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Foreword: Vilnius within the bounds of China, The Biography of Vilnius: City of Strangers, by Laimonas Briedis

Despite the hardships of the Japanese occupation, but in sharp contrast to Europe, almost all Jewish refugees in Shanghai survived the war. But when in the summer of 1945, after the surrender of Germany and Japan, the news from Vilnius reached Shanghai, an overwhelming feeling of loss rushed through the small Yiddish-speaking community. More than ninety per cent of Jews in Lithuania perished during World War II and out of sixty thousand Jews of Vilnius, only a handful survived German occupation. After learning of the massacre in Europe, the Shanghai Yiddish newspaper, Yiddishe Shtime – Yiddish Voice – wrote: “The fields of Poland lament, the trees of Lithuania weep, and cursed Europe is crying – where are our Jews. Why did our earth become a grave for them?

 

Lithuania and China are tied to each other by the survival of the refugees from Vilnius in Shanghai, who lost everything they ever knew, yet still were able to save the language and memories of their homeland for future generations. With them, the Jewish spirit of Vilna was taken into the world. Individuals and their families on the Vilnius list were not the sole survivors of the Holocaust in Lithuania; but while a few survived German occupation of Lithuania in solitude or in hiding, the group in Shanghai came out of the war without being forced to lose or disguise their Jewish identity. In that sense, they became a diaspora of the Diaspora, a living element of Vilna, a bit of Lithuania (and Poland) – more than a thousand souls – rescued by being sent to China. Not a small matter, considering the fact that there are less than two thousand Jews living today in Lithuania. Throughout many years, I have met some of the Shanghai survivors in different places around the world and from them I learned a side of my own native of town, Vilnius, I had never known. For the refugees, Vilnius and Shanghai marked neither the beginning nor the end of their world wandering, yet both cities became cornerstones in their struggle to live despite the losses.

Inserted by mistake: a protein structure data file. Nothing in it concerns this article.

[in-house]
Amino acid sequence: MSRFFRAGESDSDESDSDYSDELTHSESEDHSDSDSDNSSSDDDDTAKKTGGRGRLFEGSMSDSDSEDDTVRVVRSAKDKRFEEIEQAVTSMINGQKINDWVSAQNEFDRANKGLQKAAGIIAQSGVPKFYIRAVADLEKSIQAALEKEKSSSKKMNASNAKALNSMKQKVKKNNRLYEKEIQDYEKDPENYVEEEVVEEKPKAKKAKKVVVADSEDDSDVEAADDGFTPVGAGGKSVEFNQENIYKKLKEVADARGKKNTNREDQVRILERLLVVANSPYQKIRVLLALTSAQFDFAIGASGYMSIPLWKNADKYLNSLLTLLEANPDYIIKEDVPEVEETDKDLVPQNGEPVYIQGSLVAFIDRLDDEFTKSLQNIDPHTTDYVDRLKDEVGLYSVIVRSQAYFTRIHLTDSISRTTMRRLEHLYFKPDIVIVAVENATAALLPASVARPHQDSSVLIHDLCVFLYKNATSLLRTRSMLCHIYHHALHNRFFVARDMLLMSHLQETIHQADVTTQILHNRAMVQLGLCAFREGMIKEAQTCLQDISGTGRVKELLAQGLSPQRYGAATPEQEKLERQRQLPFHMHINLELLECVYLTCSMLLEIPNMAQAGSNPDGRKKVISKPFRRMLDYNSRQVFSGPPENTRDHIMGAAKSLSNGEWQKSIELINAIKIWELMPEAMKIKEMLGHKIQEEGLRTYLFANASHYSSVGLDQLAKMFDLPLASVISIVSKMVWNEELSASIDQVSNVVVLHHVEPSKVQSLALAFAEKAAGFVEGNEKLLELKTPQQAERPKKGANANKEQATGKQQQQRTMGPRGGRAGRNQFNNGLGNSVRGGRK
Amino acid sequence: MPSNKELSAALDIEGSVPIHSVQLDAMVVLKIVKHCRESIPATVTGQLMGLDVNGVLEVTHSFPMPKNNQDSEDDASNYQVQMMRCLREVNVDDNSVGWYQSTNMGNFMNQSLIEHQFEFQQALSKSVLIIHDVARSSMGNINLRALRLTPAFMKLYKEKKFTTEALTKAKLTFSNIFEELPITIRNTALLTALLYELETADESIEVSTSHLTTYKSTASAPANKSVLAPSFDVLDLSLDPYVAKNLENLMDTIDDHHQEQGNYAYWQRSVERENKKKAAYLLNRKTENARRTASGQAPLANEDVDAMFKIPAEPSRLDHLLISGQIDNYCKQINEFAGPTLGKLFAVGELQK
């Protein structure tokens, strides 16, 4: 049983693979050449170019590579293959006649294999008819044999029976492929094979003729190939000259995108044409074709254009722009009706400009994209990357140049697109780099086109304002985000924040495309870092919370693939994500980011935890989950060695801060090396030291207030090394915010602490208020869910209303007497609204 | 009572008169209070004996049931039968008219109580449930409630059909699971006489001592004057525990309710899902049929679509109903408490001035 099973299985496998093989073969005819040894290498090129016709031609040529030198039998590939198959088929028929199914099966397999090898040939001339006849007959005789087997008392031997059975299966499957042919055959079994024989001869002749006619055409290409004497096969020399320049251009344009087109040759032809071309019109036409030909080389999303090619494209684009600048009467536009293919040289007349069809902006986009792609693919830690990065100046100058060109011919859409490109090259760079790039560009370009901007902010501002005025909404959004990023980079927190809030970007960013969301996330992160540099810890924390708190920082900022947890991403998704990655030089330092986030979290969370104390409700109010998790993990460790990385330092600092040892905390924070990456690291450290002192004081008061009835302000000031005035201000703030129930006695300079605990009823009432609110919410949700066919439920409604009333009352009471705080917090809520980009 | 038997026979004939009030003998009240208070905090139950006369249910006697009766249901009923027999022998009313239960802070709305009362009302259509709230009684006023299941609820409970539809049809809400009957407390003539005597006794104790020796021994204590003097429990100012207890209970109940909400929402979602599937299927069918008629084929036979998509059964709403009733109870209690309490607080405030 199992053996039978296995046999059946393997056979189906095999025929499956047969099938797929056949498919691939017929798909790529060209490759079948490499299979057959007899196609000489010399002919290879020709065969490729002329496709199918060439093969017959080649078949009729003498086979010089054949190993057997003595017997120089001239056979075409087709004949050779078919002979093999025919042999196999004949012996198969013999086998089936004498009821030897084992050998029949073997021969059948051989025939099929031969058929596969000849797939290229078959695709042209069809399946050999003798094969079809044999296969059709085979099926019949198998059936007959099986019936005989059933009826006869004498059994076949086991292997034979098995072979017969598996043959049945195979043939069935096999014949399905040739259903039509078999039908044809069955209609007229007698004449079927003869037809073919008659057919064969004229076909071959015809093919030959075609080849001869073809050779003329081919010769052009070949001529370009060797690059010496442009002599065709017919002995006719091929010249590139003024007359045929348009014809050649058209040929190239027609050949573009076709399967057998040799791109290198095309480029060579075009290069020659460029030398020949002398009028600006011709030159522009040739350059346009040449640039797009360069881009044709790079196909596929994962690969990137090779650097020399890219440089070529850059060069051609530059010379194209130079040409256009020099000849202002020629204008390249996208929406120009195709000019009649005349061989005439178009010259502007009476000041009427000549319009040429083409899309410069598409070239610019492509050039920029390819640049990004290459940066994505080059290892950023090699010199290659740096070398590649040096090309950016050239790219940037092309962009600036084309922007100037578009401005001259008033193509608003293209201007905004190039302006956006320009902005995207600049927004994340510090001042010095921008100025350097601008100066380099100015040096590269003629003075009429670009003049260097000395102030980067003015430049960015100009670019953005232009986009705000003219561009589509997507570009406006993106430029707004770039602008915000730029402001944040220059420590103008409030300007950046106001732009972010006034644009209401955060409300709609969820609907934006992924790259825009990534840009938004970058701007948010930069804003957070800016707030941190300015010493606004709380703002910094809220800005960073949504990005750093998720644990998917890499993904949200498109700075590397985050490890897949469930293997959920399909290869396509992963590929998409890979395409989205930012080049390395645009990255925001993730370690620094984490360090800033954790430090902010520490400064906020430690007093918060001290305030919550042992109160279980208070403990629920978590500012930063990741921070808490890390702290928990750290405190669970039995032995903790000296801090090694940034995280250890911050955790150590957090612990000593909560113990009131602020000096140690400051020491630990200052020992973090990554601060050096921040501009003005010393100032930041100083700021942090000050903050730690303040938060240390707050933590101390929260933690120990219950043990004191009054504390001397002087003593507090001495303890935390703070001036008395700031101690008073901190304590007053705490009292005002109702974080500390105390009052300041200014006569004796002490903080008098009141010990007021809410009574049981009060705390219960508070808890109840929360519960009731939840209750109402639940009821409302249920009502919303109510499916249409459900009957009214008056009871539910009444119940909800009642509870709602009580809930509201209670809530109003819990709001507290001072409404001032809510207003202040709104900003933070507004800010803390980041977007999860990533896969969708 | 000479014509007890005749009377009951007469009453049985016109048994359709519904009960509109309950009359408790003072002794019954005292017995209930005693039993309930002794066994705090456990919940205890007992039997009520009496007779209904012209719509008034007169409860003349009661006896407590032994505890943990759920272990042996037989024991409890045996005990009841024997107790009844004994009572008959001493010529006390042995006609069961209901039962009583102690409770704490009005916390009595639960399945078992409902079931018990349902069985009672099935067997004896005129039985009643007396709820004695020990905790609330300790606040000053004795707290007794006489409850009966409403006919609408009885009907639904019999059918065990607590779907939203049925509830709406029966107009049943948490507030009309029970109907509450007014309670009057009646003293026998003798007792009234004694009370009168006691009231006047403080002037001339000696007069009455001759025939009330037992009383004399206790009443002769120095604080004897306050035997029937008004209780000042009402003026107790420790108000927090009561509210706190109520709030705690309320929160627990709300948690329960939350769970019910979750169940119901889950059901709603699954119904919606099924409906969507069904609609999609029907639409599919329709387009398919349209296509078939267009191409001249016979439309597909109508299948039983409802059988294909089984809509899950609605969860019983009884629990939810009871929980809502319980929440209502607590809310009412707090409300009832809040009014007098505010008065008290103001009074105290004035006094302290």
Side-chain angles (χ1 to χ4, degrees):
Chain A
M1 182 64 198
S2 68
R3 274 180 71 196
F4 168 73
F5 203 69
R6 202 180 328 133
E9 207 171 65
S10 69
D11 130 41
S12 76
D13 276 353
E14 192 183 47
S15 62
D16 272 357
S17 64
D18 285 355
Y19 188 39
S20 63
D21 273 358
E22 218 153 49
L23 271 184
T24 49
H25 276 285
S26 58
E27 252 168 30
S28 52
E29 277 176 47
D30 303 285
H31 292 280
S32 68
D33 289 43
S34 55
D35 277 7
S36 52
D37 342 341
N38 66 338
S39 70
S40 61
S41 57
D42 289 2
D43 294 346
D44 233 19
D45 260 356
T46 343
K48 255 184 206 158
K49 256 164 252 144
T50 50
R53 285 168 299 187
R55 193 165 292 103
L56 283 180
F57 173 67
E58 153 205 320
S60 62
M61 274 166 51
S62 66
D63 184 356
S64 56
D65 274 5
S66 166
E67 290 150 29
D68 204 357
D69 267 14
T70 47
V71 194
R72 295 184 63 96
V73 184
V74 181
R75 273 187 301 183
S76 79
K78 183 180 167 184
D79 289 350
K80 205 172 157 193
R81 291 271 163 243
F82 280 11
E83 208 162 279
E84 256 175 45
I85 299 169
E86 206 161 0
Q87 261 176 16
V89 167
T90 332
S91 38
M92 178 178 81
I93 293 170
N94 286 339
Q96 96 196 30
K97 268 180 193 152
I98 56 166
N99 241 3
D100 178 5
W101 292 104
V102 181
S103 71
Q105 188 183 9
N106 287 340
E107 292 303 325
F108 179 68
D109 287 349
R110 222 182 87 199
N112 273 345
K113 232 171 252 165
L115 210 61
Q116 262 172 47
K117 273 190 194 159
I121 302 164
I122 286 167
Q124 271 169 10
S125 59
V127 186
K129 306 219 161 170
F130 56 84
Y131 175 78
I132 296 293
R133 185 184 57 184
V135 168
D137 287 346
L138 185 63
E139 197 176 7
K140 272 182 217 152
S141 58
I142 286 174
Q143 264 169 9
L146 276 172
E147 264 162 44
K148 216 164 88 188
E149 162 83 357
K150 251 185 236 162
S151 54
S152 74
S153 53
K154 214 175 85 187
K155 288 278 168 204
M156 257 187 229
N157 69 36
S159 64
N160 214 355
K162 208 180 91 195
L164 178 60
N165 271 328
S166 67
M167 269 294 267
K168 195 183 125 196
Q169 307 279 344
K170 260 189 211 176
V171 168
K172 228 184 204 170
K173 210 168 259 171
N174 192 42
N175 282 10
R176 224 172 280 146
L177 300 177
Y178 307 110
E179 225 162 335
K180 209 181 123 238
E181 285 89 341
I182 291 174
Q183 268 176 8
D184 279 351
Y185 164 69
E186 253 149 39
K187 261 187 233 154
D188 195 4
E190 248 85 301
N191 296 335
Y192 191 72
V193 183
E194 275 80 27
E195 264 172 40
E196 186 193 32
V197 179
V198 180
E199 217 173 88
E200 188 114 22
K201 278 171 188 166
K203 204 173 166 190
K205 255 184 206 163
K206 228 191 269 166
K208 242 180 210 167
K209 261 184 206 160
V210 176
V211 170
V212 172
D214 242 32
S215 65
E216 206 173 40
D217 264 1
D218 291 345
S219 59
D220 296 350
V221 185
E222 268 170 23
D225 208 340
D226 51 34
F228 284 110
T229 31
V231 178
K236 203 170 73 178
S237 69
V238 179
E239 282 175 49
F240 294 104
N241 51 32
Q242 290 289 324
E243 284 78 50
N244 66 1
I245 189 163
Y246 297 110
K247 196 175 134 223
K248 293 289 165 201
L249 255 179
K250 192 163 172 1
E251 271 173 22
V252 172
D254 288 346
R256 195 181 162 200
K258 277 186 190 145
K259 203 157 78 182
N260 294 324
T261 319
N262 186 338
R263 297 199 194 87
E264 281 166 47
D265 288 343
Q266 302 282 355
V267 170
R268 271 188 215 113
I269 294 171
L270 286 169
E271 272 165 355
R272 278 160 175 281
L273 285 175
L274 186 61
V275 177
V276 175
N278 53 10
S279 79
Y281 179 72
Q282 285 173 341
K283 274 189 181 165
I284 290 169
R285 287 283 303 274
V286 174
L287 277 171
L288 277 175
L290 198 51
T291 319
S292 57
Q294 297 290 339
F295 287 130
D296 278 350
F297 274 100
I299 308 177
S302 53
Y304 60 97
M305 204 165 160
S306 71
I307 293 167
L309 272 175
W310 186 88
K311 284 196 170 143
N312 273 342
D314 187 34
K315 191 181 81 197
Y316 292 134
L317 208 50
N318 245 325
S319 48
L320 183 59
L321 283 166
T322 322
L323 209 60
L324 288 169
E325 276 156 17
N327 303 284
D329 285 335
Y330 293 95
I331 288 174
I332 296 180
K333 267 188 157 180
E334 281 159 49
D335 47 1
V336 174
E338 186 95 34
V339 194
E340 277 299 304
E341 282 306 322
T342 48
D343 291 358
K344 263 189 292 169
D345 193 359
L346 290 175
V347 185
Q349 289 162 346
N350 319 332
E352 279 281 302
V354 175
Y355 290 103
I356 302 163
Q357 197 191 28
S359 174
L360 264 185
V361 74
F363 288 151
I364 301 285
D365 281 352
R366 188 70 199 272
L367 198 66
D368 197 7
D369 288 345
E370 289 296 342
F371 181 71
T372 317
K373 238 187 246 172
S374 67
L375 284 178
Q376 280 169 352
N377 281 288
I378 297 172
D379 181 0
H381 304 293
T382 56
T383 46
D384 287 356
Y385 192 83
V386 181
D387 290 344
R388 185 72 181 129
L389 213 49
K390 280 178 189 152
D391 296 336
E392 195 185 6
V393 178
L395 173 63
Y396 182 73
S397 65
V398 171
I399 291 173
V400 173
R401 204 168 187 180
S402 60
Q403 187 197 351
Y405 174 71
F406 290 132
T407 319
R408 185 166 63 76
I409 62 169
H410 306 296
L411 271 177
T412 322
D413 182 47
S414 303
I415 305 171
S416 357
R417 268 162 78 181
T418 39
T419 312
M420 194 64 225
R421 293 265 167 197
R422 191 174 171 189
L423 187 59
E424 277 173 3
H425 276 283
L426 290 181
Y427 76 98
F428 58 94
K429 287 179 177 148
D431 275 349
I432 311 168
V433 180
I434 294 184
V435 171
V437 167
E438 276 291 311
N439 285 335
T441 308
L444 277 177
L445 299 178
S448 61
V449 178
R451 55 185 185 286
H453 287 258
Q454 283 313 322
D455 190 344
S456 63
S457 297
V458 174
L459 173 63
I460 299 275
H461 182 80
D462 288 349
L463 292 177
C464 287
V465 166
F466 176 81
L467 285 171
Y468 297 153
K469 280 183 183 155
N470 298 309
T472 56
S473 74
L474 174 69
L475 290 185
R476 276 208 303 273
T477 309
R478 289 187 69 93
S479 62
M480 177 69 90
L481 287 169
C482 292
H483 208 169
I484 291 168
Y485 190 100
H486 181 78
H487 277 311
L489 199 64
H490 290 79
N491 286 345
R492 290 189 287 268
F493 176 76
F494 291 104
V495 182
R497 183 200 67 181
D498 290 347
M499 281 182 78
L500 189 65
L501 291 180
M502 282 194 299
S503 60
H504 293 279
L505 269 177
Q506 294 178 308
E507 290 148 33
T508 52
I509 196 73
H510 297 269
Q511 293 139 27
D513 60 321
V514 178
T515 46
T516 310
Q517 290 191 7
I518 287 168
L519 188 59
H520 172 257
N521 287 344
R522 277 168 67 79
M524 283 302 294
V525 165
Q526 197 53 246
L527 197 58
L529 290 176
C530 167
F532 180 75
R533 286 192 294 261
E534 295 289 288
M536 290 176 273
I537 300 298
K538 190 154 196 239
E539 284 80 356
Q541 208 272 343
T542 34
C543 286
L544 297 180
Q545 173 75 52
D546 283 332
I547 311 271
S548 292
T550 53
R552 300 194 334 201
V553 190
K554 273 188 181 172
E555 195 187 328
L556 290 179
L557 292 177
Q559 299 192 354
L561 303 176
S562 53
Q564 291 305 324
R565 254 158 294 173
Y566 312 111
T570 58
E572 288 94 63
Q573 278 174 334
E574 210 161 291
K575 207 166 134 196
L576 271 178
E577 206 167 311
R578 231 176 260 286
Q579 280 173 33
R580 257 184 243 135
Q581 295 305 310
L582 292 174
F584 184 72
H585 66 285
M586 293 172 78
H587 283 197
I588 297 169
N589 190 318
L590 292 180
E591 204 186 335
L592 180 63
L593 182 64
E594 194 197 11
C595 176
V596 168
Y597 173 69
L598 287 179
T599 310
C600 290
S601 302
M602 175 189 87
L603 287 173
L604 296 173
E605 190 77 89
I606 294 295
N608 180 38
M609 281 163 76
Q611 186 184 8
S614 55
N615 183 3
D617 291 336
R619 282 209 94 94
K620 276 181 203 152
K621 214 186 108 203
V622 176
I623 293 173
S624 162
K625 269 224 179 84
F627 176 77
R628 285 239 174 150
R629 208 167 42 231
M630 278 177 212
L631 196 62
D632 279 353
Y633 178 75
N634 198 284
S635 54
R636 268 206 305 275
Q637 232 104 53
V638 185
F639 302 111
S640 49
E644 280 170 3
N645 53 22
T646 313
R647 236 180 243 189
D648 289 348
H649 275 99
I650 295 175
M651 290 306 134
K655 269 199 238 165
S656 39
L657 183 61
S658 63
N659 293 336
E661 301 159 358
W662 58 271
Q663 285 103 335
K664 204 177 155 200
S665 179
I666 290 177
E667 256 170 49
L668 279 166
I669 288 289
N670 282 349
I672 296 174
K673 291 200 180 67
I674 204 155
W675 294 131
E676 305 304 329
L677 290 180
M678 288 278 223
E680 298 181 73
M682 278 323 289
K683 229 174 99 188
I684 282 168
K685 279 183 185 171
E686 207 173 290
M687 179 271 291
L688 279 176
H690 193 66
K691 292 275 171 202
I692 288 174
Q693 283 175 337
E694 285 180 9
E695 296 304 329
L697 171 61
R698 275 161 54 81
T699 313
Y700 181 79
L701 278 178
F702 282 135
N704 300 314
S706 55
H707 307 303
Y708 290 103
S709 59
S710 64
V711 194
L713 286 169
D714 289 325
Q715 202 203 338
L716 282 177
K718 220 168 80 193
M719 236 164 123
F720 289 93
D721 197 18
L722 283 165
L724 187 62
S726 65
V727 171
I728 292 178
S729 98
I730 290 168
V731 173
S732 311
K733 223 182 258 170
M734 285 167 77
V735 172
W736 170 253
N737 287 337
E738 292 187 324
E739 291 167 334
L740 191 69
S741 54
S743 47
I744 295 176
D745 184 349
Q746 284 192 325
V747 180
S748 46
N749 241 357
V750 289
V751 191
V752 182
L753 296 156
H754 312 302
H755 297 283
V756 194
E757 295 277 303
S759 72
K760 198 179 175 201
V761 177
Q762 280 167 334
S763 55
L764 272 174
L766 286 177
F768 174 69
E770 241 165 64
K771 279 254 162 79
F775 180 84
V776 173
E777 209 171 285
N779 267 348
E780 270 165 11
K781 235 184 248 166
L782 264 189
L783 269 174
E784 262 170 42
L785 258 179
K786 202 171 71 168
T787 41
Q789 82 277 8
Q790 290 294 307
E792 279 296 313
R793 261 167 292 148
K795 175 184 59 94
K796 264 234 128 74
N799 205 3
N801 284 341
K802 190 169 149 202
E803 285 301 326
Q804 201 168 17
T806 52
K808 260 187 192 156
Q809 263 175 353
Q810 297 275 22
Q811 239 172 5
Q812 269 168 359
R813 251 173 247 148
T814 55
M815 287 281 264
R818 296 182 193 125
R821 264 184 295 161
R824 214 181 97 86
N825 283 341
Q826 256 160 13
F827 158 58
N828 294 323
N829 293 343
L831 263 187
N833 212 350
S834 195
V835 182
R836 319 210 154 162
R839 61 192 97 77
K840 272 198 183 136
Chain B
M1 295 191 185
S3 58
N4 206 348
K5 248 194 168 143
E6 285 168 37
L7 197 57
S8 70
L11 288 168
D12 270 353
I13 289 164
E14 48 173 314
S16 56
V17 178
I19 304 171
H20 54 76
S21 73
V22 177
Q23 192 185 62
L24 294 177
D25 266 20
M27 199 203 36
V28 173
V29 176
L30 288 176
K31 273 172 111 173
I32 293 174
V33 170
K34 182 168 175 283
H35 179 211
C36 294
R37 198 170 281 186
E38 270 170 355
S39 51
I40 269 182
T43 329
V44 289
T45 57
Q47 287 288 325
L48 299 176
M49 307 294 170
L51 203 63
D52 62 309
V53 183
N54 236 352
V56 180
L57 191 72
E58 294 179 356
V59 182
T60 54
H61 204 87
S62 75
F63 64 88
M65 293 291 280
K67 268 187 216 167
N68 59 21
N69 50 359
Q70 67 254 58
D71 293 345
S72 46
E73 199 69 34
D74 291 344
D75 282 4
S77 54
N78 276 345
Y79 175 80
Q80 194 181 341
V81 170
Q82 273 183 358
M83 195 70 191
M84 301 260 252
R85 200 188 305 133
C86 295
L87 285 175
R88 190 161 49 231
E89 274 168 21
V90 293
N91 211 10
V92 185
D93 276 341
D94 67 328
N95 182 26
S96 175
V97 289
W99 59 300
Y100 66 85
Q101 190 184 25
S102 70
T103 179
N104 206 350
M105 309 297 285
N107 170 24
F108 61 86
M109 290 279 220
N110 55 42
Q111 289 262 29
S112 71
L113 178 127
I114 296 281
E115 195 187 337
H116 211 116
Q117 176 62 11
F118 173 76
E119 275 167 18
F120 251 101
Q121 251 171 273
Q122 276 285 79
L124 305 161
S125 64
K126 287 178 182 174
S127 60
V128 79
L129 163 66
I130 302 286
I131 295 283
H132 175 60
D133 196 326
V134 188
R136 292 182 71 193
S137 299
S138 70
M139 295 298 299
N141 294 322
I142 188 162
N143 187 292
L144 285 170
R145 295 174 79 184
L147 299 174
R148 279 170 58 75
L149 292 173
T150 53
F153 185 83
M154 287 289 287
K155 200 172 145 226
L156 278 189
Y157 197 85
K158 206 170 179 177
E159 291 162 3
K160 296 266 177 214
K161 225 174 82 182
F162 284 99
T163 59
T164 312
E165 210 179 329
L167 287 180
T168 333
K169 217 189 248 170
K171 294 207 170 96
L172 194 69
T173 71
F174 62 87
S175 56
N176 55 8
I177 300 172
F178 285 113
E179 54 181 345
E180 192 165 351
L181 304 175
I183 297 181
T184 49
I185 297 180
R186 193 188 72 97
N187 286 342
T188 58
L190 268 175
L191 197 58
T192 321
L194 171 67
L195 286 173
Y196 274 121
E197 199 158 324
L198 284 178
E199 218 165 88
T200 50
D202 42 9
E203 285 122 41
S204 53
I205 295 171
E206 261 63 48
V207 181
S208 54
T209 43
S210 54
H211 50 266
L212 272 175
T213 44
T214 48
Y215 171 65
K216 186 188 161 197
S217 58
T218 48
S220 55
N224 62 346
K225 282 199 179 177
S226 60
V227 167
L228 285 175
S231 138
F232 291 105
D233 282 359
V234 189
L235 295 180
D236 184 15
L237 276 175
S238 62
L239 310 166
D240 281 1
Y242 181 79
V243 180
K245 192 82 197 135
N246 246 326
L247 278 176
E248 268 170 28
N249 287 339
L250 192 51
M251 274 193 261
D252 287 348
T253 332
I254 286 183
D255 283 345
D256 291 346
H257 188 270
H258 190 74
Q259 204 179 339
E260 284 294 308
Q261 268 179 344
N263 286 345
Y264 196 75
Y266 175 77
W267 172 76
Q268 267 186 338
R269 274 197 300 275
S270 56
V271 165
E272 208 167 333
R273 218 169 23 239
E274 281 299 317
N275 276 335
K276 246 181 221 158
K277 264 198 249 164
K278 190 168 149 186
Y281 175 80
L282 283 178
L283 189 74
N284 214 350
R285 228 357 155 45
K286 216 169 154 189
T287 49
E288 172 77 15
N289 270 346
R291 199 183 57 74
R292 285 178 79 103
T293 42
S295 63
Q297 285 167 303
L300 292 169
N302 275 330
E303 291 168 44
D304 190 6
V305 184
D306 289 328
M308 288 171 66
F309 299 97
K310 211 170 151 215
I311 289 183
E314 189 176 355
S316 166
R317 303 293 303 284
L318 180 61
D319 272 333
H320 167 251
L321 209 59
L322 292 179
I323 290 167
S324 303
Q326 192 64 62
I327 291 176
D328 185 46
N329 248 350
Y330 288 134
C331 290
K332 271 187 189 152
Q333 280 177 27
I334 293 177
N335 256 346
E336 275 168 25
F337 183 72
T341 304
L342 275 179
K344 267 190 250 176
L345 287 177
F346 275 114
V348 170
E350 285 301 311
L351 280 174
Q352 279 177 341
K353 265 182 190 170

In contemporary, twenty-first century Shanghai, the compact area surrounding the Shanghai Jewish Refugees Museum on Changyang Road provides acces to knowledge of Vilna of the pre-WWII era without leaving China. In part, what we know about Jewish Vilnius comes from the memories of Shanghai survivors. My own experience of the neighborhood during a lengthy stay in Shanghai several years ago was that of discovery and wonder. It felt like opening doors to a secret passage, leading me back to the unacknowledged past and, hence, still uncharted territory of Vilnius. I mused over listening to Yiddish, the language no longer heard in Vilnius, in the streets and courtyards of Hongkou. In Shanghai, by encountering, listening to and reading stories of the refugees from the Vilnius list I found something I had long been searching for in Lithuania: narrative ties that could make the country part of an extensive global story, both on the level of individual, and on the level of communal belonging. Following this revelation, I came to see China as being so much closer to Vilnius than one would ever imagine it to be.

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